By Janita Kan
Senator Ted Cruz (R-Texas) said on Monday that he was willing to make oral arguments before the Supreme Court in an appeal seeking to block the state from taking further action to certify their election results.
The appeal is currently pending before the Supreme Court after Pennsylvania Republicans filed a request to block the finalizing of certification citing constitutional challenges.
In the instance where the certification has been finalized, Republicans asked the court to restore the “status quo” by compelling Pennsylvania officials to nullify its actions until an order from the court.
The Republicans also asked the court to treat the request as a petition of certiorari, asking the court to review the lawfulness of the Pennsylvania Supreme Court’s decision.
Cruz said that he was asked whether he would be willing to argue the case before the nation’s top court if the justices grant certiorari. The former Texas solicitor general said that he had agreed and that he would “stand ready to present oral arguments.”
“Because of the importance of the legal issues presented, I’ve publicly urged #SCOTUS to hear the case brought by Congressman Mike Kelly, congressional candidate Sean Parnell & state rep. candidate Wanda Logan challenging the constitutionality of the POTUS election results in PA,” Cruz wrote in his statement.
“As I said last week, the bitter division and acrimony we see across the Nation needs resolution. I believe #SCOTUS has a responsibility to the American People to ensure, within its powers, that we are following the law and following the Constitution.”
Cruz served as Texas’s top litigation official between 2003 and 2008 where he made nine appearances before the U.S. Supreme Court and authored 80 briefs to the court.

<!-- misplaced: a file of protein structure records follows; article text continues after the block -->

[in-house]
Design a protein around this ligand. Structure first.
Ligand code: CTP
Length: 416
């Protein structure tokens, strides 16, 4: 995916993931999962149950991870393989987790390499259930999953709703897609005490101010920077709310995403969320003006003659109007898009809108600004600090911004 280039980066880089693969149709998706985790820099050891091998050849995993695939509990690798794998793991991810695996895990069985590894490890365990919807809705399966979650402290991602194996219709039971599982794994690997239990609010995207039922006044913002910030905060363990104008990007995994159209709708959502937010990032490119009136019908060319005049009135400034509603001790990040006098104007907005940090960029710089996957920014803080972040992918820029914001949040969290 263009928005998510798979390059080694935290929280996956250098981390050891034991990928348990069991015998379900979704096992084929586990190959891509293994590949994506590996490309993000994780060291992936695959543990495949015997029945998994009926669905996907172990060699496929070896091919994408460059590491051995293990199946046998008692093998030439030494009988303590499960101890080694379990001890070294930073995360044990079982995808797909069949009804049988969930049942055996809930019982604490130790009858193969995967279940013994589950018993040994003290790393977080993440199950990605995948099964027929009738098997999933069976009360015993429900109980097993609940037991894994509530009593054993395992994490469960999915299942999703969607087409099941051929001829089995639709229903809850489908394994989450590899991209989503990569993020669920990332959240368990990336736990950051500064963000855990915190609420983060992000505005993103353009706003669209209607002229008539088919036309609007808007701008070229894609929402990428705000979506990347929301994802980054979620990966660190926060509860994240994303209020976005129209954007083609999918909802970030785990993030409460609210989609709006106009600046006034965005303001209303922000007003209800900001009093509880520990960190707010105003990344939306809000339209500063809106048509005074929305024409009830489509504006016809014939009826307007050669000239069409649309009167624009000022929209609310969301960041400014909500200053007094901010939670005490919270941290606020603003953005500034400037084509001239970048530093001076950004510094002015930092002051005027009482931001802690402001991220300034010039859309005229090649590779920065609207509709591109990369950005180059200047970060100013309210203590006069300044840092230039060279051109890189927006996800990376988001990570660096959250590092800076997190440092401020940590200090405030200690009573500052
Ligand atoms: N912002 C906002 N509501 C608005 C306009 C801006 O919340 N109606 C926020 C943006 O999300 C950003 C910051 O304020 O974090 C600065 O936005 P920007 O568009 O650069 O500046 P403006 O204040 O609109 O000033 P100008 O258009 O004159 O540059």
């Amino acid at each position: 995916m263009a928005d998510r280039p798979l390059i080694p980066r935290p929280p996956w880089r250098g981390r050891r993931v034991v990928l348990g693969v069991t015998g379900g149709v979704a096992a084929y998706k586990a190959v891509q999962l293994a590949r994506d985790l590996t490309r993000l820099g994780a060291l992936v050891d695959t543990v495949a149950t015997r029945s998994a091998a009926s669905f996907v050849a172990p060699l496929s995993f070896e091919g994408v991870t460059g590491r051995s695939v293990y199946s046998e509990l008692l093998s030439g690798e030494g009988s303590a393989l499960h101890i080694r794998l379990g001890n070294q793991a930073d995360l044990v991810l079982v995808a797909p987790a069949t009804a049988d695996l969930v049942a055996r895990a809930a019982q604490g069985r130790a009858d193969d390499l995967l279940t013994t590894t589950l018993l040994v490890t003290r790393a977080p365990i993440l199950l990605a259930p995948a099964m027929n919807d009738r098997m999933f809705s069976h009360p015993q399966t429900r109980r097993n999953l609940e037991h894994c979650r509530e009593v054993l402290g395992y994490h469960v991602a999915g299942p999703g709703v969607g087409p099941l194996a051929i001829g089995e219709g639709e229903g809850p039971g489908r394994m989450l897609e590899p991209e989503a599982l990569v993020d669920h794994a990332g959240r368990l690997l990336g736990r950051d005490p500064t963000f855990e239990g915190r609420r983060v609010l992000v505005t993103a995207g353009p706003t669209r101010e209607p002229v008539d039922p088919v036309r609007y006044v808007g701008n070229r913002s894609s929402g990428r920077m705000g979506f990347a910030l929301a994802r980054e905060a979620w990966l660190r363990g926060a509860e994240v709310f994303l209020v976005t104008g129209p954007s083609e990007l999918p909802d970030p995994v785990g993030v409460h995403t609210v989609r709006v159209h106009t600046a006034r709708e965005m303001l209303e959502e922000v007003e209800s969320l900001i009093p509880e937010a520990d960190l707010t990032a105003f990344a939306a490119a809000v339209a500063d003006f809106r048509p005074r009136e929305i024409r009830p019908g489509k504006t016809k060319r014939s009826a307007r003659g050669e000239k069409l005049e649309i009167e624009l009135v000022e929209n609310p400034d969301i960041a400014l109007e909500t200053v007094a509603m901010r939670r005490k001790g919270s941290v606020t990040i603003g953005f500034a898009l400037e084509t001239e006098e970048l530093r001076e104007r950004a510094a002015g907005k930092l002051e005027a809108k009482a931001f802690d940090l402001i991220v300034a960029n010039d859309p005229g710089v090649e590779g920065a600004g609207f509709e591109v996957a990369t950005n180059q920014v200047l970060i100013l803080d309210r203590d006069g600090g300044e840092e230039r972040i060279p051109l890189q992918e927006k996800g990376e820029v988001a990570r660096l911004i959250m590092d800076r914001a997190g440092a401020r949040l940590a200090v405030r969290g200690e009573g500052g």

In the case at hand, Pennsylvania Republicans escalated the case to the nation’s top court after their state Supreme Court overturned a lower court order blocking election officials from certifying the results of the 2020 election. The Pennsylvania justices also dismissed the case.
In an unsigned opinion, the state’s top court ruled to reverse Commonwealth Judge Patricia McCullough’s temporary injunction that would have prevented the state from taking further steps to complete the certification of the presidential race.
The court said that petitioners had failed to file their challenge in a “timely manner,” as they had filed their suit more than one year after the enactment of Act 77—the law central to the case.
The Republicans argued that Act 77, a law that made voting by mail without an excuse legal in Pennsylvania, violates the state’s constitution. Their lawsuit alleges that the state law is “another illegal attempt to override the limitations on absentee voting prescribed in the Pennsylvania Constitution, without first following the necessary procedure to amend the constitution to allow for the expansion.”
Following that decision, the Republicans then filed their request to the nation’s top court hoping to stop Pennsylvania from finishing their certification process. Electors will meet on Dec. 14.
In their petition, the Republicans argued that the Pennsylvania Supreme Court’s characterization that they waited to bring their challenge to the courts was wrong.
“Petitioners did not hedge their bets, they simply brought an action within mere days of gaining enough information to know that they had been harmed by an unconstitutional election, as soon as they reasonably could have hired counsel to research and identify the constitutional issues and after they gained standing to bring their claims,” the filing read (pdf).
“They did not even wait for certified election results to confirm that they had been harmed. It could not have in any way served the Petitioners’ interests in this matter to delay action for even one day. To suggest they did so deliberately is unsupported.”
On Monday, 22 House members filed a friend-of-the-court brief urging the Supreme Court to take up the case. Among those who signed the brief was Rep. Andy Biggs (R-Ariz.), Rep. Matt Gaetz (R-Fla.), and Ranking Member of the House Judiciary Committee Jim Jordan (R-Ohio).
“Pennsylvania’s Supreme Court has insulated Act 77, a significant and patently unconstitutional alteration of the means by which the Nation’s fifth-largest State chooses its members of Congress and Presidential electors, from any judicial scrutiny. This Court now stands as the last bulwark capable of providing that review,” they wrote (pdf).
This case is cited as Kelly et al v. Commonwealth of Pennsylvania (20A98).
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